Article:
The relationship between adolescents' subjective well-being and career aspirations amongst adolescents residing in low socioeconomic status communities in Cape Town: The mediating role of social support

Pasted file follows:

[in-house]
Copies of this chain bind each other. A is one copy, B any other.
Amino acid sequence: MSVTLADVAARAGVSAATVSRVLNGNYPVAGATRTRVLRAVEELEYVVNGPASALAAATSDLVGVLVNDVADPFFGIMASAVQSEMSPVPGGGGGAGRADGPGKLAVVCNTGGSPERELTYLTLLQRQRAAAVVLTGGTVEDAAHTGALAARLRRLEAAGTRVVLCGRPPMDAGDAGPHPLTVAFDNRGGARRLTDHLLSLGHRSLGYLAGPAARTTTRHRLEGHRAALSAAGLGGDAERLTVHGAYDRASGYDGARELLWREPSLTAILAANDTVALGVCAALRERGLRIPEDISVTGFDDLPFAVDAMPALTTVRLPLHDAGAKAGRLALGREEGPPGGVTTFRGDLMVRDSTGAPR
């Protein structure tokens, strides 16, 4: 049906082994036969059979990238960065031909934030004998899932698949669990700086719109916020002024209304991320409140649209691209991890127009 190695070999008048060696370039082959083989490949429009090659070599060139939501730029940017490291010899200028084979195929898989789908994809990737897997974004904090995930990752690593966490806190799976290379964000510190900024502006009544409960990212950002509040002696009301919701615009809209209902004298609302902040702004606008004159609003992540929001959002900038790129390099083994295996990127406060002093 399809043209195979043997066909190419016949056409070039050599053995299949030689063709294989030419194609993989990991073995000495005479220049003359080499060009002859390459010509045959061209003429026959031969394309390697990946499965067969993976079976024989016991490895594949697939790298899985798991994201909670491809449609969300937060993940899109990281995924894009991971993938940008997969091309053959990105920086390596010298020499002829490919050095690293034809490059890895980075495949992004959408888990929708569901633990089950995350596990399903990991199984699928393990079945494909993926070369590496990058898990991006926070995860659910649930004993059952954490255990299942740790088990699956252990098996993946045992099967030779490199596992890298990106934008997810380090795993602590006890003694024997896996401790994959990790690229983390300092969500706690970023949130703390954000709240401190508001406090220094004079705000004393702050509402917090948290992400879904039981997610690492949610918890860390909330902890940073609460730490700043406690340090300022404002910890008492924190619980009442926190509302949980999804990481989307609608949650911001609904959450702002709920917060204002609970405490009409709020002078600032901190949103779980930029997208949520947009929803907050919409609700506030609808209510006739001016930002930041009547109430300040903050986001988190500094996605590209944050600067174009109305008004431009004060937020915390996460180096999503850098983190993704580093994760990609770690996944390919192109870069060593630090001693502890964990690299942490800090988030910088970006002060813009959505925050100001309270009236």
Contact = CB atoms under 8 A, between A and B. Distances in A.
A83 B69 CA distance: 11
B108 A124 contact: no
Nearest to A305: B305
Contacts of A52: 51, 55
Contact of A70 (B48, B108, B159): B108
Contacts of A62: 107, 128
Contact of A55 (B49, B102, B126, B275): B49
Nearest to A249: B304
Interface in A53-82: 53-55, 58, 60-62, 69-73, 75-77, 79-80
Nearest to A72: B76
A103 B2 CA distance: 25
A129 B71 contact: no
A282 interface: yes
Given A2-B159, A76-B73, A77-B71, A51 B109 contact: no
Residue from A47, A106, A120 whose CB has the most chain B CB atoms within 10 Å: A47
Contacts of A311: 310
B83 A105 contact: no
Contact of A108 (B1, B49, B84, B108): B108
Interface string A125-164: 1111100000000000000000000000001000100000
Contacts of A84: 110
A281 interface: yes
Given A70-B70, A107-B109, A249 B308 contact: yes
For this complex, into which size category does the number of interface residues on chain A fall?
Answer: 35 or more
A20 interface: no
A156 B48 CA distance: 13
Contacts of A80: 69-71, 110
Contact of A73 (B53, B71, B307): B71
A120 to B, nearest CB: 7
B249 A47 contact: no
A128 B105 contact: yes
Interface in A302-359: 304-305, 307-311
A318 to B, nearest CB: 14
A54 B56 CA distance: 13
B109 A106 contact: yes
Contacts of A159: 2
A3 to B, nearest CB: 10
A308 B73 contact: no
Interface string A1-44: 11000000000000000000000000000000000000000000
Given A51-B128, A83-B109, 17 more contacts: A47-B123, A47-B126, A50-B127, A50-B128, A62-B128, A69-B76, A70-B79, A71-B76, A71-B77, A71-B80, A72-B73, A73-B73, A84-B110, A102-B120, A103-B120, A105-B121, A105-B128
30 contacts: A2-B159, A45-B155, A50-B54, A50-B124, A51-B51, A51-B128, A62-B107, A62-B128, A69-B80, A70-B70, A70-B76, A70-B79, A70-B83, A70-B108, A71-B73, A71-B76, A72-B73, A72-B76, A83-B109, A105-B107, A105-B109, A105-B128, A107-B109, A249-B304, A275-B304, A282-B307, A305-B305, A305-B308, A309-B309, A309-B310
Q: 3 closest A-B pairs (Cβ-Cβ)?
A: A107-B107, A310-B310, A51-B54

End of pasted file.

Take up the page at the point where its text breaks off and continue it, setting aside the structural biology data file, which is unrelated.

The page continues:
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Adolescence is a critical developmental stage wherein adolescents face various challenges which potentially impact on the development of their future orientation, the setting of and working towards goals, and ultimately their life trajectories. Considering South Africa’s socio-political history which has resulted in limitations regarding educational and career possibilities of adolescents, there is a need to examine factors that influence adolescents’ aspirations. The current study thus aimed to ascertain the nature of the relation between adolescents’ subjective well-being and career aspirations. Within this process, the study further aimed to ascertain the extent to which this relation is mediated by social support. The current study forms part of a larger study that explored the relation between adolescents’ career aspirations and a range of personal and contextual factors, using a cross-sectional design. The sample comprised 1082 adolescents (males and females) in grades 8 to 11, purposively selected from eight schools in low-income communities in Cape Town, South Africa. Descriptive statistics were used to determine the levels of career aspirations, subjective well-being and social support among the participants. Mediation analysis using the bootstrap confidence interval approach, within a structural equation modelling data analysis framework was conducted to determine the extent to which social support mediates the relationship between subjective well-being and career aspirations. For the overall model using the pooled sample, the study found a non-significant relation between adolescents’ subjective well-being and career aspirations. Across gender, the results demonstrated a significant relation between subjective well-being and career aspirations for the male group, explaining 2.1% of the variance in aspirations. However, a non-significant relation was obtained for the female group. An important finding of the study is that social support did not mediate the relation between adolescents’ subjective well-being and career aspirations for the pooled sample, and across both gender groups. For females, a significant negative relation was found between social support and aspirations. Results also revealed a significant negative relation between age and aspirations for both males and females. Social support and financial resources are important factors to consider in relation to adolescents’ well-being and aspirations, especially given that the social support that females receive is informed by gender norms and cultural beliefs, which in turn hinders their aspirations. It is recommended that interventions are targeted at an institutional level, inclusive of challenging gender roles, providing information about educational and career opportunities for young people, and improving parenting skills in an effort to advance adolescents’ career aspirations.